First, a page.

PSP’s Leong Mun Wai Apologises in Parliament for FB Comments; Says He Did Not ‘Set Out All the Facts’


When under the threat of breaching the Parliament (Privileges, Immunity, and Powers) Act, one does not simply stick their head in the sand like an ostrich or continue insisting that they were correct.

Well, not in Singapore anyway.

On Tuesday evening (8 Mar), Non-Constituency Member of Parliament (NCMP) Leong Mun Wai apologised for the Facebook post and comments he made which accused Speaker of Parliament Tan Chuan-Jin of not allowing him to ask his questions.

Mr Leong Complied with Mr Zaqy’s Requests

And true to his apology, Mr Leong took down the post and comments, as per the request/demand of Deputy Leader of the House Zaqy Mohamad.

At the end of the Parliament session, Mr Leong gave a personal explanation as to why he had posted those comments on Facebook.

During his speech, Mr Leong stressed that he wanted to ask the Minister of Manpower a “very important point” regarding the displacement of Singaporean Professionals, Managers and Executives (PMEs).

He said that that it wasn’t his intent to impugn the Speaker or the Parliamentary processes.

Rather, he was just trying to highlight that some amount of flexibility and discretion in the Standing Orders will have beneficial long-term effects in how the debates are carried out in the Parliament.

Then, in accordance with Mr Zaqy Mohamad’s speech which rebuked him earlier the same session, Mr Leong repeats the following paragraphs, in verbatim:

“I sincerely and unreservedly apologise to the Speaker in this House for my Facebook comments of 12:52pm and 12:53pm on 7 March, 2022, and the video I posted at 6:55pm on 7 March, 2022, and the statements therein which impugn the Speaker and the processes of Parliament without any basis.

“I have taken the posts down at 5:30 today, I withdraw what I said in them and undertake not to repeat such words and actions again. I acknowledge that I had not set up all the facts in my posts, and thus gave a misleading impression.”

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Mr Zaqy Mohamad’s Ending Response

After the apology was given, Mr Zaqy asserted that the Parliament has developed a set of procedures and practices to guide MPs on how to debate on important issues in “an effective and efficient measure”.

The Deputy Leader of the House also mentioned that in other jurisdictions, there are examples where procedural rules are utilised to prevent or frustrate the government of the day from carrying out its proper functions.

For such examples, look no further than the countries where shoes are thrown, long and even longer speeches are made like the politicians were gunning for the Guinness World Record, or various issues were slipped in between the Working Order to prevent the government from debating on the pertinent issues of the country.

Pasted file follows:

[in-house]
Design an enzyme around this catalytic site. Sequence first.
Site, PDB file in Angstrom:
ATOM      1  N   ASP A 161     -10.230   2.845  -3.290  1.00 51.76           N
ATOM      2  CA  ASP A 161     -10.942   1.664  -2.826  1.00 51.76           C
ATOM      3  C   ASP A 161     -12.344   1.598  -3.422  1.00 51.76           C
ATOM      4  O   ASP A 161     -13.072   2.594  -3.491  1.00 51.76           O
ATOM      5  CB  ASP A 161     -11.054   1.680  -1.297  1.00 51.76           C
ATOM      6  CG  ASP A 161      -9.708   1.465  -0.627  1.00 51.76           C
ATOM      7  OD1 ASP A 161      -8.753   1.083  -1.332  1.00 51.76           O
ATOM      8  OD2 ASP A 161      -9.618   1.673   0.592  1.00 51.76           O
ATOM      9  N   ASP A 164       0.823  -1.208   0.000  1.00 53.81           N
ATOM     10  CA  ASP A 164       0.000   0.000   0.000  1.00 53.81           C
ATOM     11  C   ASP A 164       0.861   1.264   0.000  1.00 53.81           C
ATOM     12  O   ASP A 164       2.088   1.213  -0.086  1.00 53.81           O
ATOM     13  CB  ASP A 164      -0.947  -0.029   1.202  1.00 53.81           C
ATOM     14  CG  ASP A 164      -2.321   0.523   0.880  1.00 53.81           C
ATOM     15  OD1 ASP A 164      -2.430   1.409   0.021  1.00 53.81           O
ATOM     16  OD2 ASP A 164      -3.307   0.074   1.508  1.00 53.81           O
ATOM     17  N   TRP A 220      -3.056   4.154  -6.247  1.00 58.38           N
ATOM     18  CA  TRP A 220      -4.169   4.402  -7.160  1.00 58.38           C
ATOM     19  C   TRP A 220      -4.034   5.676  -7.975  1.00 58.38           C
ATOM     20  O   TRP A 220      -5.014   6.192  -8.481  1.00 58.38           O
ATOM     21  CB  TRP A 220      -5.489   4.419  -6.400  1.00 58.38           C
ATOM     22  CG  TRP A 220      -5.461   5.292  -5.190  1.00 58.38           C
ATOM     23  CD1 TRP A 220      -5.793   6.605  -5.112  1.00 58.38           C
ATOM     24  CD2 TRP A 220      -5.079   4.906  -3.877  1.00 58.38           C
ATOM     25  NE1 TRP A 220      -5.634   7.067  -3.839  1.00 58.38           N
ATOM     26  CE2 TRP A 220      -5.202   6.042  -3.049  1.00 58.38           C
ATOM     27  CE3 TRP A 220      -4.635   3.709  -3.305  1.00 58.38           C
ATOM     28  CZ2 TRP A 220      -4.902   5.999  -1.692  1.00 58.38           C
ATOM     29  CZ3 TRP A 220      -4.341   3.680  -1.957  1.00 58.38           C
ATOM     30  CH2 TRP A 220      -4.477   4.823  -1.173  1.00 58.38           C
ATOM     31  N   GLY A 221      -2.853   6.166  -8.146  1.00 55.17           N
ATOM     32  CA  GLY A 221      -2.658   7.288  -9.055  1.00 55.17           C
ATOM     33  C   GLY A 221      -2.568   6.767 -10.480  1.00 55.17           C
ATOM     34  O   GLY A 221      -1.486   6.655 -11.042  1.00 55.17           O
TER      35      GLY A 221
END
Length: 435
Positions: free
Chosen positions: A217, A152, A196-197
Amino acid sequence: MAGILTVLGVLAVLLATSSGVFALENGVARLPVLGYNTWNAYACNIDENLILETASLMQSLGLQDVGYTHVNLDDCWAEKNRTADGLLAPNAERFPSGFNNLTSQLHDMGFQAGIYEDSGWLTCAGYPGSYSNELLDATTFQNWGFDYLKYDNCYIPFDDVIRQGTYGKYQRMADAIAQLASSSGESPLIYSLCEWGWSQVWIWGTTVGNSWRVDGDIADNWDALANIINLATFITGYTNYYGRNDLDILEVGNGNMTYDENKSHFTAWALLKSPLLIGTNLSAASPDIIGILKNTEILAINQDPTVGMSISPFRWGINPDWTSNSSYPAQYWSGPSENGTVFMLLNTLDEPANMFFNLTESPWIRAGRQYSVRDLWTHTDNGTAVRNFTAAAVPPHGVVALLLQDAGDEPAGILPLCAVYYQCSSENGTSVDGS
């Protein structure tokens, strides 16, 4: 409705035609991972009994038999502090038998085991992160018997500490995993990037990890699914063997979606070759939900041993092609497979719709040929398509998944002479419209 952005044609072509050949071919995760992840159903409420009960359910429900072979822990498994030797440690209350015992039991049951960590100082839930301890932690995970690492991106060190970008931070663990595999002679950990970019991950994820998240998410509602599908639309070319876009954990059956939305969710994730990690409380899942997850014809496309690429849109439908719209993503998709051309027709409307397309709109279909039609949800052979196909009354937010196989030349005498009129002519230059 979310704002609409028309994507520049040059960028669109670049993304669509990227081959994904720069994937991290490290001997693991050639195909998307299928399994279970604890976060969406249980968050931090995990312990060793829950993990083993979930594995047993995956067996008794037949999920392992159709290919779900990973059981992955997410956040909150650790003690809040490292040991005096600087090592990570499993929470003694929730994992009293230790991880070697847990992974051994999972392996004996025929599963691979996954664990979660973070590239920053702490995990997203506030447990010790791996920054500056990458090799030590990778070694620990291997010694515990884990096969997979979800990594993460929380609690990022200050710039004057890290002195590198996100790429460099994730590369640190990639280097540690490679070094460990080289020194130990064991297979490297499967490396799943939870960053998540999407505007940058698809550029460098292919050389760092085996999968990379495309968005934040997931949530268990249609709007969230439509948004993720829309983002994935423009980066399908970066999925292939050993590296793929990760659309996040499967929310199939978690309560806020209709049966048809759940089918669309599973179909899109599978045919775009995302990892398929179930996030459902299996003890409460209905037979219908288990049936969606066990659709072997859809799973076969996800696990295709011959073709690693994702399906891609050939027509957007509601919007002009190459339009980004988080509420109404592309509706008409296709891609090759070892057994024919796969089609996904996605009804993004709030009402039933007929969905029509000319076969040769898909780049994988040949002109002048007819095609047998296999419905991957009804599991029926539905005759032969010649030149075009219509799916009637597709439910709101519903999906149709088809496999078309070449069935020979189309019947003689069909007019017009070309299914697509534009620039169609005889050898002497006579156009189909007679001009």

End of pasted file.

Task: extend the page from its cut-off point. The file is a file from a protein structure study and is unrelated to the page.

Mr Zaqy explains, “It would be completely contrary to our interests for this to occur in this House. The rules have been designed and fine tuned over the years and have worked in ensuring that important issues to us are brought up before the House and robustly debated, or allowing business to be completed with undue delay.”


He added that more than 600 “cuts”—one of the ways for MPs to raise their concerns about a ministry’s plans and programmes—were filed at the 2022 Committee of Supply budget debates.

Just having to address all these “cuts” would mean that the Parliament would be debating for more than 50 hours.

For the same reasons, Mr Zaqy concludes that it isn’t reasonable for anyone to say that the Budget wasn’t extensively debated. Aside from the Parliament Chamber, he reminds the MPs that there are always other avenues for MPs to raise their queries in the subsequent sittings.

“I therefore hope that members would bear this in mind and remember that we are all representatives of this House, and we should resist any attempt to lower the standing or dignity of this House.”

In more coarse Singlish terms: mai siah suay lah—don’t be a disgrace to the House.


He added that all MPs have a role to play in ensuring that the debate topics are properly scrutinised and carried out smoothly.

It should also be done in a manner which ensures that Parliament is presented as a “trusted and respected institution” in the eyes of the public.

Taking to Facebook and ranting one’s misgivings definitely isn’t one of the ways to insure that.

Lastly, Mr Zaqy said that he accepted Mr Leong’s apology.

For NCMP Leong Mun Wai, it seems like he’s free from any consequences that his actions might have brought upon him.

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Featured Image: YouTube (MCI Singapore)